Image from book
Figure 9-1

The divNotice element is dynamically assigned text as well as an appropriate CSS class, info or error, to create the desired appearance. The styles are defined as follows:

#divNotice {
    -moz-box-sizing: border-box;
    box-sizing: border-box;
    padding: 4px;
    background-repeat: no-repeat;
    background-position: 4px 4px;
    padding-left: 24px;
    font-size: 60%;
    font-family: Arial,Helvetica,Sans-Serif;
    visibility: hidden;
    height: 16px;
    position: absolute;
    top: 5px;
    left: 150px;
    width: 600px;
}

div.info {
    background-color: #F7FFCD;
    background-image: url(../images/icon_info.gif);
    border: 1px solid #A5A54A;
}

div.error {
    background-color: #FFE6E6;
    background-image: url(../images/icon_alert.gif);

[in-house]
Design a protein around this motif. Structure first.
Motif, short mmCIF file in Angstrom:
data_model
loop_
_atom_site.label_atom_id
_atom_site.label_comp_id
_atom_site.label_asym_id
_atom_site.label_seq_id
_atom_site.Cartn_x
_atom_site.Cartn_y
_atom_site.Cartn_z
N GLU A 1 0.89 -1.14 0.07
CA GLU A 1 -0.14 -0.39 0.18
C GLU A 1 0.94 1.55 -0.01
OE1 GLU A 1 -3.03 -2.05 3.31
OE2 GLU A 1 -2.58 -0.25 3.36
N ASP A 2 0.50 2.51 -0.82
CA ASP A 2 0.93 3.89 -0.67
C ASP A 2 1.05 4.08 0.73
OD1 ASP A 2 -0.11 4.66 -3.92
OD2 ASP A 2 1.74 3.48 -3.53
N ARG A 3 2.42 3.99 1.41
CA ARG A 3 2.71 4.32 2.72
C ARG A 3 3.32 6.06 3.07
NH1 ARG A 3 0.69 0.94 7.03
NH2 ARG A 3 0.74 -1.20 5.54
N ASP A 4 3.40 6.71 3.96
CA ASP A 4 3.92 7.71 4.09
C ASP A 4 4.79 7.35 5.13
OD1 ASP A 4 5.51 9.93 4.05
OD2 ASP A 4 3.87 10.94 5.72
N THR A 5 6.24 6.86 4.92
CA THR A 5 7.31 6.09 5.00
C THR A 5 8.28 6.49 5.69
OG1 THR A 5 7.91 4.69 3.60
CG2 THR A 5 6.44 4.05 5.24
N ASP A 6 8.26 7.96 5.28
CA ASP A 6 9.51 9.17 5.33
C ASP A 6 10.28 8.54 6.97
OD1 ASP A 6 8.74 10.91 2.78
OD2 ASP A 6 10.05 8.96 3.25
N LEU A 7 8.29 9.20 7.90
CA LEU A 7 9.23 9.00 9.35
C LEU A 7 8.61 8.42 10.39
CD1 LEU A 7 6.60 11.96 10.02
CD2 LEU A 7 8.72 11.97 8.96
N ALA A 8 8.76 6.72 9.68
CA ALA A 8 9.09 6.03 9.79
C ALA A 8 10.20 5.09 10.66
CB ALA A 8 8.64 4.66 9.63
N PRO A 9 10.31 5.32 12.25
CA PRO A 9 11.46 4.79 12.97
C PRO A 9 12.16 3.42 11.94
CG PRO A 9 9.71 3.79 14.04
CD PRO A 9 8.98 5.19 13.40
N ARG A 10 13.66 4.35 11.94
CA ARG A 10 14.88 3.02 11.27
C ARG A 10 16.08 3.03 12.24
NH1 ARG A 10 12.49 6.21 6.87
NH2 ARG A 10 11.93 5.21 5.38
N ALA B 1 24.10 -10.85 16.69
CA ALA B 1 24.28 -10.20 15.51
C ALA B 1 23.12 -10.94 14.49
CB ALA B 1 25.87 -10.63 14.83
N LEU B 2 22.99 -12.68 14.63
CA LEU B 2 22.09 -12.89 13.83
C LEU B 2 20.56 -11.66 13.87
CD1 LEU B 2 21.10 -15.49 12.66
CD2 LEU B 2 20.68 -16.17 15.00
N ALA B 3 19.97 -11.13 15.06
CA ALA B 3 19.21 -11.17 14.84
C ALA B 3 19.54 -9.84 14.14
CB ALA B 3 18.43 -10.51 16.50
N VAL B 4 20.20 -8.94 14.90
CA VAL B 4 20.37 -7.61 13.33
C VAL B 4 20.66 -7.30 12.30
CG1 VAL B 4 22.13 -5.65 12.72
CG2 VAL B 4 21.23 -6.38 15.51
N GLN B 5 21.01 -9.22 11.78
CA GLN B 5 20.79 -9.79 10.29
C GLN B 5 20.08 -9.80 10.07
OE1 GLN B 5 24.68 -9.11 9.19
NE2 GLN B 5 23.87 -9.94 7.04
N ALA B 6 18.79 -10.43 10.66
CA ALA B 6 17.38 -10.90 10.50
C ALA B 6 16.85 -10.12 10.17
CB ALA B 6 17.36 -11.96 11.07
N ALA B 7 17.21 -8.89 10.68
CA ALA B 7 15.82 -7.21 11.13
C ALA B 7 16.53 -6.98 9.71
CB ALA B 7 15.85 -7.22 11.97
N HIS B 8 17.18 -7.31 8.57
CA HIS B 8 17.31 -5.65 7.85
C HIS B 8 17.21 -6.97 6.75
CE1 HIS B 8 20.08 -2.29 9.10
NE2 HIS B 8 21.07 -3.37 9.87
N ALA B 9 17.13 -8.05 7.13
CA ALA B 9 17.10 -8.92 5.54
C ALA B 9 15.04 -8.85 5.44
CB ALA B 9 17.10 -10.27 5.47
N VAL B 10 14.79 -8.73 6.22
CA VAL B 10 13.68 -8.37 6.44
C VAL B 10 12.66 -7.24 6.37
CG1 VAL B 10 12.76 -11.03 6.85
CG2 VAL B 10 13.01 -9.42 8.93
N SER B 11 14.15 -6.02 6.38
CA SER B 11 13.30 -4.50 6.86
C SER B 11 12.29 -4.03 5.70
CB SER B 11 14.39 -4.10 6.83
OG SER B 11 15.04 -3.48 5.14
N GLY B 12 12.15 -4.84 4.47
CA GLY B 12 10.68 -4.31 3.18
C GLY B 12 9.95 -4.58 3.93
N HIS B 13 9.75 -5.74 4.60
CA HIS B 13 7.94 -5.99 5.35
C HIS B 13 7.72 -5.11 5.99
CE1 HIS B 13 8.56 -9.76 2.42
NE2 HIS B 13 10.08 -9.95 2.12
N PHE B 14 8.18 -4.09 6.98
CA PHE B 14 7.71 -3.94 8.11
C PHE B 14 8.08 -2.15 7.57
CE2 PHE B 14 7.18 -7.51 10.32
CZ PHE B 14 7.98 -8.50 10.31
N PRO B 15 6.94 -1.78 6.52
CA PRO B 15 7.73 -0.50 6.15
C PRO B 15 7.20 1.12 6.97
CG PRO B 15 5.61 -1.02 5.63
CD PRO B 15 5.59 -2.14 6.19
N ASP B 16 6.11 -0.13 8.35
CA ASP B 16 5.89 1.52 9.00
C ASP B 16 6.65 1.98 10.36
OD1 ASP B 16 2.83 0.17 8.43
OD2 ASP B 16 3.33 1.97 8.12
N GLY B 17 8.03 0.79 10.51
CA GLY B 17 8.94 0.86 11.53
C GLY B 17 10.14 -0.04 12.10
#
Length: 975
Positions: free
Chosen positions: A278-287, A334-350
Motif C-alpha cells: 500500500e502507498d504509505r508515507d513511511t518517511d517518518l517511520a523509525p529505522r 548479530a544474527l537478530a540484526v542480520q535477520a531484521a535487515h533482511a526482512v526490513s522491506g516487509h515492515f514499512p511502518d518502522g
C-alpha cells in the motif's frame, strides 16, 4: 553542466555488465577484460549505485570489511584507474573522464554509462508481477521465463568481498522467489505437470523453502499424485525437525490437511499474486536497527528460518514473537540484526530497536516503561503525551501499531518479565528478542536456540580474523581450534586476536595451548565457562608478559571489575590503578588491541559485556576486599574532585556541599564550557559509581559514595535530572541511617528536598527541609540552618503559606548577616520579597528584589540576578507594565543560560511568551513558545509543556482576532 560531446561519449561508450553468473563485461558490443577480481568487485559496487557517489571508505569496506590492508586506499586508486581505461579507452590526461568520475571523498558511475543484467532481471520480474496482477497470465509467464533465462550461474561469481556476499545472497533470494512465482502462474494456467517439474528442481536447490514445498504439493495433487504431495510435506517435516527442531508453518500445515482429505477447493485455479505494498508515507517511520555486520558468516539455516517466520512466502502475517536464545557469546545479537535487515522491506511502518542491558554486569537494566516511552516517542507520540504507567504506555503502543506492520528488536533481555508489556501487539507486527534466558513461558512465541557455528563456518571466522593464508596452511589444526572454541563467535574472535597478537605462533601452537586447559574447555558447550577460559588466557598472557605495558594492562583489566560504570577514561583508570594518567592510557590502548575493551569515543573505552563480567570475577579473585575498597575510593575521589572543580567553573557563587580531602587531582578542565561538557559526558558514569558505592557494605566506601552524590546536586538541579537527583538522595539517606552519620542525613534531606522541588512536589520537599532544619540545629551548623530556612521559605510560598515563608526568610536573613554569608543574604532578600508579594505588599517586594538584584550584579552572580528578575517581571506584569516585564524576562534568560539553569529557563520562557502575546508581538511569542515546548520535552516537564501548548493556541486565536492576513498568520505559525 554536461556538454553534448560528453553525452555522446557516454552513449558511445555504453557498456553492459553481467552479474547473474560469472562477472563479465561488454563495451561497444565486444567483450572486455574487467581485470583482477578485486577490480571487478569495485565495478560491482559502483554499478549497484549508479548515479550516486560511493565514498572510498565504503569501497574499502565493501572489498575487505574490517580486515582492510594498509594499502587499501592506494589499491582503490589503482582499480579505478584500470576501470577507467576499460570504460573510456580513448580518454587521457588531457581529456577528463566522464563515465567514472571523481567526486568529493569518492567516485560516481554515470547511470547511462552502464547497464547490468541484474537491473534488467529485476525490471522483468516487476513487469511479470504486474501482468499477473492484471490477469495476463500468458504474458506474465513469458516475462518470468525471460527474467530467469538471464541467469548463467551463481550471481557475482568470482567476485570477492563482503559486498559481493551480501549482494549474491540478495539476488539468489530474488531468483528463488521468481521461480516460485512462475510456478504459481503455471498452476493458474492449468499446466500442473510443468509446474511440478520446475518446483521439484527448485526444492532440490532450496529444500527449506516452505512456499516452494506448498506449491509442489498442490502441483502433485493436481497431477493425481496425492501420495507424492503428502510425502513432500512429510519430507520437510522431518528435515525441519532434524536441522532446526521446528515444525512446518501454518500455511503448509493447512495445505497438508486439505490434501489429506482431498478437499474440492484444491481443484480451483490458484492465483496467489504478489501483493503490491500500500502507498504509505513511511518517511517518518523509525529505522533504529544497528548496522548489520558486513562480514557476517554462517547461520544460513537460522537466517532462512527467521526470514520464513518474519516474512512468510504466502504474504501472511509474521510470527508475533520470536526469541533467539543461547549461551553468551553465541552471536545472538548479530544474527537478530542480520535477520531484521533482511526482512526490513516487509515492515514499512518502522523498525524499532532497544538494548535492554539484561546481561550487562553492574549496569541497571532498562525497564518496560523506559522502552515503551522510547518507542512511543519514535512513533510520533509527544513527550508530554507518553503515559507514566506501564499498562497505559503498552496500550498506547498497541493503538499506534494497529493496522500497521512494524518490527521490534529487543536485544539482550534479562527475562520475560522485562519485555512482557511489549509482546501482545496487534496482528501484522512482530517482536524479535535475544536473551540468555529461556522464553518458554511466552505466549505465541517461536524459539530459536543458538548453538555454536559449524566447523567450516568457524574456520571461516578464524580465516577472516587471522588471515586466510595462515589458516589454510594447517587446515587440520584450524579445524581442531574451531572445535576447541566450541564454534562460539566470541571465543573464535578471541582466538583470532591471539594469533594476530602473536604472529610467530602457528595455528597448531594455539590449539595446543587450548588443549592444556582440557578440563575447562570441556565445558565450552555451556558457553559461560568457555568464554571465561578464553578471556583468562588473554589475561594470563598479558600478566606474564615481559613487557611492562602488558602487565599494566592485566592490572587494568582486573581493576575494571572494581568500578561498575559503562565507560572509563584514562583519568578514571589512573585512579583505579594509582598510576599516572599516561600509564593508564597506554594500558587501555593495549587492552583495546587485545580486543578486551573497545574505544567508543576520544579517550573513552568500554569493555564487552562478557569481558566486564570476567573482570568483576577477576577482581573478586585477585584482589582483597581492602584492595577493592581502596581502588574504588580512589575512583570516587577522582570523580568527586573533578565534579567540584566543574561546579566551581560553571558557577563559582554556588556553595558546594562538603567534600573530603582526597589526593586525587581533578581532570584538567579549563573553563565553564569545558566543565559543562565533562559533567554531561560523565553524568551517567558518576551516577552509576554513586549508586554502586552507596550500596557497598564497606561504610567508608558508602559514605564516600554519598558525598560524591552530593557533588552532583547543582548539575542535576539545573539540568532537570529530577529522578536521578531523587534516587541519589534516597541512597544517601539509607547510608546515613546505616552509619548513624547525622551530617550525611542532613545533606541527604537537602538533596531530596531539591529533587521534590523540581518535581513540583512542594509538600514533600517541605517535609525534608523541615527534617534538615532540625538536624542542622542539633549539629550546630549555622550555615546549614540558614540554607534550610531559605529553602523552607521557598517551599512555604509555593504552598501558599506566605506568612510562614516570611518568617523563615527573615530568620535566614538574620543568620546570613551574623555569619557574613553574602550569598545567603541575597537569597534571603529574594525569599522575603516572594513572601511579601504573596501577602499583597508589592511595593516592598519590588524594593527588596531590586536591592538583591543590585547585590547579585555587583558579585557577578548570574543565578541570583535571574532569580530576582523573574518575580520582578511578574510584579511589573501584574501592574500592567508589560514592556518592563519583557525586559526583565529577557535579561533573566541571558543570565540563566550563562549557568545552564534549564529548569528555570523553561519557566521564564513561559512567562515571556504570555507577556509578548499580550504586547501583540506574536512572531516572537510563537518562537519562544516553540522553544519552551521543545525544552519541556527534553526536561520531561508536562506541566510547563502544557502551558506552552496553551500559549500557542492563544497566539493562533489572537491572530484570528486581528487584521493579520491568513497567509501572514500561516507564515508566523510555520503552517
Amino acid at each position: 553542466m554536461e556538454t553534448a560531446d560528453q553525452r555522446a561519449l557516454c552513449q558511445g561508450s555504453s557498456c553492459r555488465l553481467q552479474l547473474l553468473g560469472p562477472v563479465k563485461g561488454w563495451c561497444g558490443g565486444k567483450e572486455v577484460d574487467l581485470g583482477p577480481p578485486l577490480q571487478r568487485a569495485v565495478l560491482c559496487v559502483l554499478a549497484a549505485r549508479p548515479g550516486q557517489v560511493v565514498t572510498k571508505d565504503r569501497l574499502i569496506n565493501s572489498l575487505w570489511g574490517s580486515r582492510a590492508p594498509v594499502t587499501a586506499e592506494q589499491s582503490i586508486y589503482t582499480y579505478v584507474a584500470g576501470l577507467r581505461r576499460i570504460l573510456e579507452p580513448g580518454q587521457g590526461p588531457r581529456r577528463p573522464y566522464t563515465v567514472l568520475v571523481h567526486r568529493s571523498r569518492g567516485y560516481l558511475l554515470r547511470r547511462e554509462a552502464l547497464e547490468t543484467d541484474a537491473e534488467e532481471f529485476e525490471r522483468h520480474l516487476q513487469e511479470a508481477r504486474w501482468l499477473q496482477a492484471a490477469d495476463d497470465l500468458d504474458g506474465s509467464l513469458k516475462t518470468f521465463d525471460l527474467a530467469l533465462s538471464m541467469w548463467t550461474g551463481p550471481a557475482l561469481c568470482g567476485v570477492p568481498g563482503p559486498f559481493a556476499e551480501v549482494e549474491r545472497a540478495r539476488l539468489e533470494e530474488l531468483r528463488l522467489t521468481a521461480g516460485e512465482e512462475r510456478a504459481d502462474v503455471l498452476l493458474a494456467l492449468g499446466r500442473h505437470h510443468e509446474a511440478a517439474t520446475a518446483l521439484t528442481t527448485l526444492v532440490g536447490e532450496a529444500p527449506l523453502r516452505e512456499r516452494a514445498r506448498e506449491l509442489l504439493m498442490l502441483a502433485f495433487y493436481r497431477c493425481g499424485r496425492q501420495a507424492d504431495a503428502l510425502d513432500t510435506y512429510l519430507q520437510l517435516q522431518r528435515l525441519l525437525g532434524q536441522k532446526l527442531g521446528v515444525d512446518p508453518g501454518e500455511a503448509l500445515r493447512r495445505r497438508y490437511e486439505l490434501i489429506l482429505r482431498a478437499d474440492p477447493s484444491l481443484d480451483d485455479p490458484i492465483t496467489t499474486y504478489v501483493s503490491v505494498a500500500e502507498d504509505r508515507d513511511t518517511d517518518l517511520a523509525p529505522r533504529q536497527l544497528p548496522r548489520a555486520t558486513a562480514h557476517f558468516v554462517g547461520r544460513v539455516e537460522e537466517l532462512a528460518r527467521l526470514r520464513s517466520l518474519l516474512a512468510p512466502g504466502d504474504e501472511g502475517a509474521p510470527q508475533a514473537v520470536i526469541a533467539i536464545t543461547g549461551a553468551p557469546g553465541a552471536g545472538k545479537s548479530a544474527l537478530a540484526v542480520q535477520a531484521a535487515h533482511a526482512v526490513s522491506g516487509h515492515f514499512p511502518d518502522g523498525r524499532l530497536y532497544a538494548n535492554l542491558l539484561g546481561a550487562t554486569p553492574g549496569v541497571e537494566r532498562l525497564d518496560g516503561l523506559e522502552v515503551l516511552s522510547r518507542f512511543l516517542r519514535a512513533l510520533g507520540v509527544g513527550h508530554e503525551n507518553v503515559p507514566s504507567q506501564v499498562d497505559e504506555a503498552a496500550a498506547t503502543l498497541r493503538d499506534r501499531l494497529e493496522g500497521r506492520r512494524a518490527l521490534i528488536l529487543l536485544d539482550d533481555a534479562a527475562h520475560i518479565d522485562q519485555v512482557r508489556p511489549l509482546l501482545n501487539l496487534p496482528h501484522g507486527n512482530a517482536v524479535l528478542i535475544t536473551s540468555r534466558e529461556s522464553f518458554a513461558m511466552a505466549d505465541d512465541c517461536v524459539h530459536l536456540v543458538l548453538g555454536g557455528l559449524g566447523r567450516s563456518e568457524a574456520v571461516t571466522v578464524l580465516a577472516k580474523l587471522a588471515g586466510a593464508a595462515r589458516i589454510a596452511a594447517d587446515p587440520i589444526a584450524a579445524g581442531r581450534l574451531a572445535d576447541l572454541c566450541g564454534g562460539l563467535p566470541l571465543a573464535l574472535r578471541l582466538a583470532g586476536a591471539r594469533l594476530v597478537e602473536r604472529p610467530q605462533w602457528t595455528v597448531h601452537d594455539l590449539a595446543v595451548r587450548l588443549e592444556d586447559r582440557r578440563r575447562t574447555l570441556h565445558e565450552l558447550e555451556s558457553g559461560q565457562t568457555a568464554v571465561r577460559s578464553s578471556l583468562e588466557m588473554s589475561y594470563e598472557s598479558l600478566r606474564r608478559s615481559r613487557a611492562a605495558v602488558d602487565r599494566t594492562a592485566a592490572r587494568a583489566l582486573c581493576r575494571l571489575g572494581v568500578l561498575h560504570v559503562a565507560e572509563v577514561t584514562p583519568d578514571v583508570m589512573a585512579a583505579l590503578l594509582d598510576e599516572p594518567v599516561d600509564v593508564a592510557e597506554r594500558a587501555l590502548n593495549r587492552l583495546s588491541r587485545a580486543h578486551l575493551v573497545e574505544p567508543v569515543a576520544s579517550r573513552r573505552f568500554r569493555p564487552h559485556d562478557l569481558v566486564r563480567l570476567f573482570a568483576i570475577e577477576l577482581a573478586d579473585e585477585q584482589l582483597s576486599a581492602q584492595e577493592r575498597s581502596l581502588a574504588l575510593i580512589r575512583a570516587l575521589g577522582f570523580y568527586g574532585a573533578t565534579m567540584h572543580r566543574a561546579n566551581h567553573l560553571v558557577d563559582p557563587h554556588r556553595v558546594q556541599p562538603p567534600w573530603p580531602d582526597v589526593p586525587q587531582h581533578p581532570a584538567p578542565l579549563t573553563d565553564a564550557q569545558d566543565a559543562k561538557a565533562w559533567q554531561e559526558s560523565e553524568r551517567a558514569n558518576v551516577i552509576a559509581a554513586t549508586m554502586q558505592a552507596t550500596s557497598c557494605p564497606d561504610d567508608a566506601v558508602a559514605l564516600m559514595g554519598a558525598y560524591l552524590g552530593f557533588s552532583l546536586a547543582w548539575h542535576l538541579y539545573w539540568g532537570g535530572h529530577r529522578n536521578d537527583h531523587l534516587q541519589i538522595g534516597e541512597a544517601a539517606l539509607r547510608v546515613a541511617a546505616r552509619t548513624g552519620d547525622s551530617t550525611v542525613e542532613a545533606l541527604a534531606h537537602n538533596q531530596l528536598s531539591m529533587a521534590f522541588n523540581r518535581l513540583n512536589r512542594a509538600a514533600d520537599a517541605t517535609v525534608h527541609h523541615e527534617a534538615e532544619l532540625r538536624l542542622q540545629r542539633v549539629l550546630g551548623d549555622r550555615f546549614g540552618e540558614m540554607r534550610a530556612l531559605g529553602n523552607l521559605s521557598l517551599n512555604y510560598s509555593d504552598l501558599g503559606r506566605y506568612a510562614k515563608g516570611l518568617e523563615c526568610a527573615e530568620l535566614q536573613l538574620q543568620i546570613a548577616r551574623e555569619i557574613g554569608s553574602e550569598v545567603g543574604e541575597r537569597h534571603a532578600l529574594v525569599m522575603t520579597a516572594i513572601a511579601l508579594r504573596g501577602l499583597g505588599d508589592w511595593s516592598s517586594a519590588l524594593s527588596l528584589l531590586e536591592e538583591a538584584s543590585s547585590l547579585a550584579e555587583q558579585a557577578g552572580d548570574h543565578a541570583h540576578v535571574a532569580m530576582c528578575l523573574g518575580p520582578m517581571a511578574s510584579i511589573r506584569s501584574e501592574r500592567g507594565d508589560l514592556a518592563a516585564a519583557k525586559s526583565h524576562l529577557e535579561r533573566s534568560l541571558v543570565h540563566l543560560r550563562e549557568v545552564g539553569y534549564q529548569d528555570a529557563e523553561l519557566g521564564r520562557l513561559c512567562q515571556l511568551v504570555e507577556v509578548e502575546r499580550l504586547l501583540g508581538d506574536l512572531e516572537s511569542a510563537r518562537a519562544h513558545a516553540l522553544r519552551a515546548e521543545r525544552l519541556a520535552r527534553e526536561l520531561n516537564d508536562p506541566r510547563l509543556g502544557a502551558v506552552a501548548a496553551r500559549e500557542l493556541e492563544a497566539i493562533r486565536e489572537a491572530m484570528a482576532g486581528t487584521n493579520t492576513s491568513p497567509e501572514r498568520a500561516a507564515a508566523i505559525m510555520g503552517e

border: 1px solid red;
}

By using the background-image property to assign the appropriate icon, you are able to completely control the appearance of the notification area by using styles instead of worrying about changing an <img/> element when the style is changed. The background-position property states where the image should appear and setting the background-repeat property to no-repeat ensures that only one copy of the image will be visible.

After the notification element comes a <div/> for each of the three AjaxMail views. The <div/> element for the folder view, divFolder, is first in the page and is always visible by default. The other two <div/> elements, divReadMail and divComposeMail, each have their display property set to none so that they are not visible when the page is first loaded. The contents of each <div/> element will be discussed later.

The last part of the page is an <iframe/> called iLoader. This hidden frame is used to navigate back and forth throughout the three views of AjaxMail. Anytime a user interface switch is made, the request goes through the hidden frame to allow the use of the Back and Forward browser buttons.